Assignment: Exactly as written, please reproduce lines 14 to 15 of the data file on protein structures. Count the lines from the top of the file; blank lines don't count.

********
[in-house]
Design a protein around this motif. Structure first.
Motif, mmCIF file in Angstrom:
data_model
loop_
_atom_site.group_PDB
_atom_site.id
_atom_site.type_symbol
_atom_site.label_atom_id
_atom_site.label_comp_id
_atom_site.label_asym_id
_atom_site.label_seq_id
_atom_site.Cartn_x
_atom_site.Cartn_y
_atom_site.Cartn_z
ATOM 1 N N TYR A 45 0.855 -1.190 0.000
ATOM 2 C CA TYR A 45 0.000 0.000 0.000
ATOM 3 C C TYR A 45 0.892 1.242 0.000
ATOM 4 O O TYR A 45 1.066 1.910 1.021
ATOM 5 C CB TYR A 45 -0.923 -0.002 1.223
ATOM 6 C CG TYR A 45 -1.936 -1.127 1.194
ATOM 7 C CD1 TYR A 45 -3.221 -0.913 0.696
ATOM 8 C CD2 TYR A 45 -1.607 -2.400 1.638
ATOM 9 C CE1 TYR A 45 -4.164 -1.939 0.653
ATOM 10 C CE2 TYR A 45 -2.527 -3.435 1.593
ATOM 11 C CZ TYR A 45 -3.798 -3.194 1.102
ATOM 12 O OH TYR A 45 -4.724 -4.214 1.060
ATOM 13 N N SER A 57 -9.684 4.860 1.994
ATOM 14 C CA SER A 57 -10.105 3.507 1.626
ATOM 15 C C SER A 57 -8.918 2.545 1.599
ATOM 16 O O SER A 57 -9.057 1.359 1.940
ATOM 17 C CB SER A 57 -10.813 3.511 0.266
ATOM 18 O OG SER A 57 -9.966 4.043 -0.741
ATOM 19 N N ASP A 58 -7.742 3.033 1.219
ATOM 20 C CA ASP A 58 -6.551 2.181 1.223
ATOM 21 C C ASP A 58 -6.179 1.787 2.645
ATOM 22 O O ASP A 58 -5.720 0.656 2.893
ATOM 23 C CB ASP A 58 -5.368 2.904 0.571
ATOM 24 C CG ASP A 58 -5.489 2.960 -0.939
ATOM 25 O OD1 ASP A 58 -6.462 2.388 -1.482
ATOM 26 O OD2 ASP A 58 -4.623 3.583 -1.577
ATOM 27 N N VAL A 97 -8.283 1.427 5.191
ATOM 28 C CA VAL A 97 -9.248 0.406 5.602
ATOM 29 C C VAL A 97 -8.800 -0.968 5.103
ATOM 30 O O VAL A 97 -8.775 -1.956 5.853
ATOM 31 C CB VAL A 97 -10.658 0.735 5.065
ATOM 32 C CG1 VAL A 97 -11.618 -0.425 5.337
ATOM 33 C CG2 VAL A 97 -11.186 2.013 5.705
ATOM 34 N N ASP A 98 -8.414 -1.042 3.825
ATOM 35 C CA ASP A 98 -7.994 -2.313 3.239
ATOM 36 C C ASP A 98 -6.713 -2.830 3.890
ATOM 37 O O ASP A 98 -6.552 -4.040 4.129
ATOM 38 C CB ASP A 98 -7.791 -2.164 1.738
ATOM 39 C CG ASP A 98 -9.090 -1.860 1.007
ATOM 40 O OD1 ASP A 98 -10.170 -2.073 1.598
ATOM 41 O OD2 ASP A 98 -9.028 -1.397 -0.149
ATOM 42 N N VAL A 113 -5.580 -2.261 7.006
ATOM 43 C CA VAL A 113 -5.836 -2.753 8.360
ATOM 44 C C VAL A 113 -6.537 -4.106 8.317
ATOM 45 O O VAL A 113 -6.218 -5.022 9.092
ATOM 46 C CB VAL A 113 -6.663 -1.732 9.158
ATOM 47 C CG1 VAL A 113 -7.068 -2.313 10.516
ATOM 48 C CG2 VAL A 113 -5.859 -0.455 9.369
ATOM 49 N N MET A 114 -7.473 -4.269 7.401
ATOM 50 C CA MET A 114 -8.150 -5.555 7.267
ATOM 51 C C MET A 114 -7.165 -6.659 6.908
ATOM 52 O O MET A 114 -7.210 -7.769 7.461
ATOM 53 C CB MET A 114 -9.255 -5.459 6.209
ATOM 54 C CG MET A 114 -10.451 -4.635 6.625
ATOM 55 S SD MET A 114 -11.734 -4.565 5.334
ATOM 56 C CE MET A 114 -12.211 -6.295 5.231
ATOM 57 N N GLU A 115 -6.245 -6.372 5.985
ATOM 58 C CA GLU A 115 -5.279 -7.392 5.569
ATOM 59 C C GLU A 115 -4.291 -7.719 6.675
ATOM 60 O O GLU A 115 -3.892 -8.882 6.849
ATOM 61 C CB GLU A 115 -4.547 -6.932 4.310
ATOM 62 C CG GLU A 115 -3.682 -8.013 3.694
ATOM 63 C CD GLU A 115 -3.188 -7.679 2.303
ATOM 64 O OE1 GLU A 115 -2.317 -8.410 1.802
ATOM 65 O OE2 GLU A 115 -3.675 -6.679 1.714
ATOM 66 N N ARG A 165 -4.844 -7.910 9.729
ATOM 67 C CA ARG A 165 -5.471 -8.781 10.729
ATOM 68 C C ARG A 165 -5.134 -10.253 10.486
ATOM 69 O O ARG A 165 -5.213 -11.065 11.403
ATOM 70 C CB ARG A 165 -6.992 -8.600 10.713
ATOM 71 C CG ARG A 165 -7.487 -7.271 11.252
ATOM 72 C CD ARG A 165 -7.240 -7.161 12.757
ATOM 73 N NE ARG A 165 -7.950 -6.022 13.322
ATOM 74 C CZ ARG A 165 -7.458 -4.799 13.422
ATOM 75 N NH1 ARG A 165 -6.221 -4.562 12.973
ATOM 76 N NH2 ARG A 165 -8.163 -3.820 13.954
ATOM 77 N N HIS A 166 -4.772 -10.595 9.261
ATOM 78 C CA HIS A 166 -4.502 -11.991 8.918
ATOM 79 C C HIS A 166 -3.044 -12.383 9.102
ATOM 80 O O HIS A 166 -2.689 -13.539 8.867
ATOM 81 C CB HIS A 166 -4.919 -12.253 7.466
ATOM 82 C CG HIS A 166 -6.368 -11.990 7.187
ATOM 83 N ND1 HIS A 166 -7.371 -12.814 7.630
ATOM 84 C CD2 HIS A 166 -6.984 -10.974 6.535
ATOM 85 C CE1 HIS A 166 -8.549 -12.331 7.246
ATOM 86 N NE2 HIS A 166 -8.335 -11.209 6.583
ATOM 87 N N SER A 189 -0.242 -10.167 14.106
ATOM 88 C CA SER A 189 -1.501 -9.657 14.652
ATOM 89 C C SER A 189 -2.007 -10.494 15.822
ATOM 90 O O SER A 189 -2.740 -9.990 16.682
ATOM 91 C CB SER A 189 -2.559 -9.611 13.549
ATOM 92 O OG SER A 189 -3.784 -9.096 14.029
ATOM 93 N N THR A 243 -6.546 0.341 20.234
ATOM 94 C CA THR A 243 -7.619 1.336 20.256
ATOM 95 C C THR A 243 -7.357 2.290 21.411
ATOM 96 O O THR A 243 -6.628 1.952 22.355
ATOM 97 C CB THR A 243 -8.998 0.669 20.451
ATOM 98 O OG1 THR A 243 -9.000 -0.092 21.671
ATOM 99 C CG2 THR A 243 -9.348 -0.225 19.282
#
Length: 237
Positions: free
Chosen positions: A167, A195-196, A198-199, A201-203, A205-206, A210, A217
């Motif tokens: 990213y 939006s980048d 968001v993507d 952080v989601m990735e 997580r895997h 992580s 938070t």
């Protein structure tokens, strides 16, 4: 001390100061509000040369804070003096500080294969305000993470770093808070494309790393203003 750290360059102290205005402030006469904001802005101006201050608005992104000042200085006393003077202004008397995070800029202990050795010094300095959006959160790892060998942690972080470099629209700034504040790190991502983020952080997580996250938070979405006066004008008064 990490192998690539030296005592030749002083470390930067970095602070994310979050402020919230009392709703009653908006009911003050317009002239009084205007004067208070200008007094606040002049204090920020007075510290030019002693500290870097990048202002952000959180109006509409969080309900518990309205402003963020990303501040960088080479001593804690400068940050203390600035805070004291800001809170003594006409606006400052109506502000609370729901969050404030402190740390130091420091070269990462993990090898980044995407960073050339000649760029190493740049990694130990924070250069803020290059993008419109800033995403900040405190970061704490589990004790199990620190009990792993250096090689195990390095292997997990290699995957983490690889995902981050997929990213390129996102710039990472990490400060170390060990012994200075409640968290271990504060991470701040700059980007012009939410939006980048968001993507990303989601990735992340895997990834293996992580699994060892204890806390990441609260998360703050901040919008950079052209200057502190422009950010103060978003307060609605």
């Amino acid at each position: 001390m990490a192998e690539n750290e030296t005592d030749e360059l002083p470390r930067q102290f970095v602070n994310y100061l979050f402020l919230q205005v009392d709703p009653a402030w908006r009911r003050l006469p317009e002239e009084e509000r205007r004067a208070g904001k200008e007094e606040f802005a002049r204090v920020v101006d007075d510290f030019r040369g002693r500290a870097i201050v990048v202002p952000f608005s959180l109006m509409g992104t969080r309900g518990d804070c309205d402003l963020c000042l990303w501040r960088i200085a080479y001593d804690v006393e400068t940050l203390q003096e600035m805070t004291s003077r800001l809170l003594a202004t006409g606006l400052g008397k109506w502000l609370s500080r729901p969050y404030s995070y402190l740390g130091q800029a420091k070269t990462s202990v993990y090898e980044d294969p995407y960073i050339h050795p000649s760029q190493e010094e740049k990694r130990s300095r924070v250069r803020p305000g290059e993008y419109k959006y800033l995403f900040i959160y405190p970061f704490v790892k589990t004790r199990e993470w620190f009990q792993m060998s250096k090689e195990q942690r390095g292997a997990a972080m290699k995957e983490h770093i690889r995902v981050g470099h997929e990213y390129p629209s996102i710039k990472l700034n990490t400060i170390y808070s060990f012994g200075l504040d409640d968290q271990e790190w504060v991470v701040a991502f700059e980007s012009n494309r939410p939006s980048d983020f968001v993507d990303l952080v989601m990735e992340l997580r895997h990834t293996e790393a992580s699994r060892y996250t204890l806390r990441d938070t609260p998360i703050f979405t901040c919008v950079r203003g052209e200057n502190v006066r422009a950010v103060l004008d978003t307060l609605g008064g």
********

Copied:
_atom_site.Cartn_y
_atom_site.Cartn_z